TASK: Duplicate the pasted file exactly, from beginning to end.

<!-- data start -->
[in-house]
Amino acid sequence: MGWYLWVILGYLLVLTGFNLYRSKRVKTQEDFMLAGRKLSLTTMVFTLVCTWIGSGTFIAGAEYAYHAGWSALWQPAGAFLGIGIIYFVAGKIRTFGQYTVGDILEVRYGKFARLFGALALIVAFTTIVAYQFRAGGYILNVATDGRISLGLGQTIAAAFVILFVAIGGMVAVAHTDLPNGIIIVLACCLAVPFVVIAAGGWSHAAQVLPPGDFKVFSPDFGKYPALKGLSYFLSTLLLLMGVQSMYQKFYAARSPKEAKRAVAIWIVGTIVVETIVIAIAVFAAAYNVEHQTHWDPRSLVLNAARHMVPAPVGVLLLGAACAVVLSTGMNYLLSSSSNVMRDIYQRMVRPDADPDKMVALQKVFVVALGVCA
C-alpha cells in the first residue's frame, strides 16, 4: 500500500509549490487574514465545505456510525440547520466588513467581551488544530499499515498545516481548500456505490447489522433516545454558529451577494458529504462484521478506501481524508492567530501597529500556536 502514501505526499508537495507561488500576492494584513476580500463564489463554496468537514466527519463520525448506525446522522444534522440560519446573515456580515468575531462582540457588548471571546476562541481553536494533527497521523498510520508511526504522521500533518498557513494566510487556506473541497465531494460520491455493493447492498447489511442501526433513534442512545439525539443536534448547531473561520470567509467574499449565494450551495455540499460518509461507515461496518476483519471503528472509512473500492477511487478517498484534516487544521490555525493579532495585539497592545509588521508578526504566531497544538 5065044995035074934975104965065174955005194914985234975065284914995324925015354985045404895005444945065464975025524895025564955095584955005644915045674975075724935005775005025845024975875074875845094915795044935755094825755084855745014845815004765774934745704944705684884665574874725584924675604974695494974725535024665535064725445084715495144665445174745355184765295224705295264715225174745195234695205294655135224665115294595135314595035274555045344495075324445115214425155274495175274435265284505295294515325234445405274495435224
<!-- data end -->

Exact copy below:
[in-house]
Amino acid sequence: MGWYLWVILGYLLVLTGFNLYRSKRVKTQEDFMLAGRKLSLTTMVFTLVCTWIGSGTFIAGAEYAYHAGWSALWQPAGAFLGIGIIYFVAGKIRTFGQYTVGDILEVRYGKFARLFGALALIVAFTTIVAYQFRAGGYILNVATDGRISLGLGQTIAAAFVILFVAIGGMVAVAHTDLPNGIIIVLACCLAVPFVVIAAGGWSHAAQVLPPGDFKVFSPDFGKYPALKGLSYFLSTLLLLMGVQSMYQKFYAARSPKEAKRAVAIWIVGTIVVETIVIAIAVFAAAYNVEHQTHWDPRSLVLNAARHMVPAPVGVLLLGAACAVVLSTGMNYLLSSSSNVMRDIYQRMVRPDADPDKMVALQKVFVVALGVCA
C-alpha cells in the first residue's frame, strides 16, 4: 500500500509549490487574514465545505456510525440547520466588513467581551488544530499499515498545516481548500456505490447489522433516545454558529451577494458529504462484521478506501481524508492567530501597529500556536 502514501505526499508537495507561488500576492494584513476580500463564489463554496468537514466527519463520525448506525446522522444534522440560519446573515456580515468575531462582540457588548471571546476562541481553536494533527497521523498510520508511526504522521500533518498557513494566510487556506473541497465531494460520491455493493447492498447489511442501526433513534442512545439525539443536534448547531473561520470567509467574499449565494450551495455540499460518509461507515461496518476483519471503528472509512473500492477511487478517498484534516487544521490555525493579532495585539497592545509588521508578526504566531497544538 5065044995035074934975104965065174955005194914985234975065284914995324925015354985045404895005444945065464975025524895025564955095584955005644915045674975075724935005775005025845024975875074875845094915795044935755094825755084855745014845815004765774934745704944705684884665574874725584924675604974695494974725535024665535064725445084715495144665445174745355184765295224705295264715225174745195234695205294655135224665115294595135314595035274555045344495075324445115214425155274495175274435265284505295294515325234445405274495435224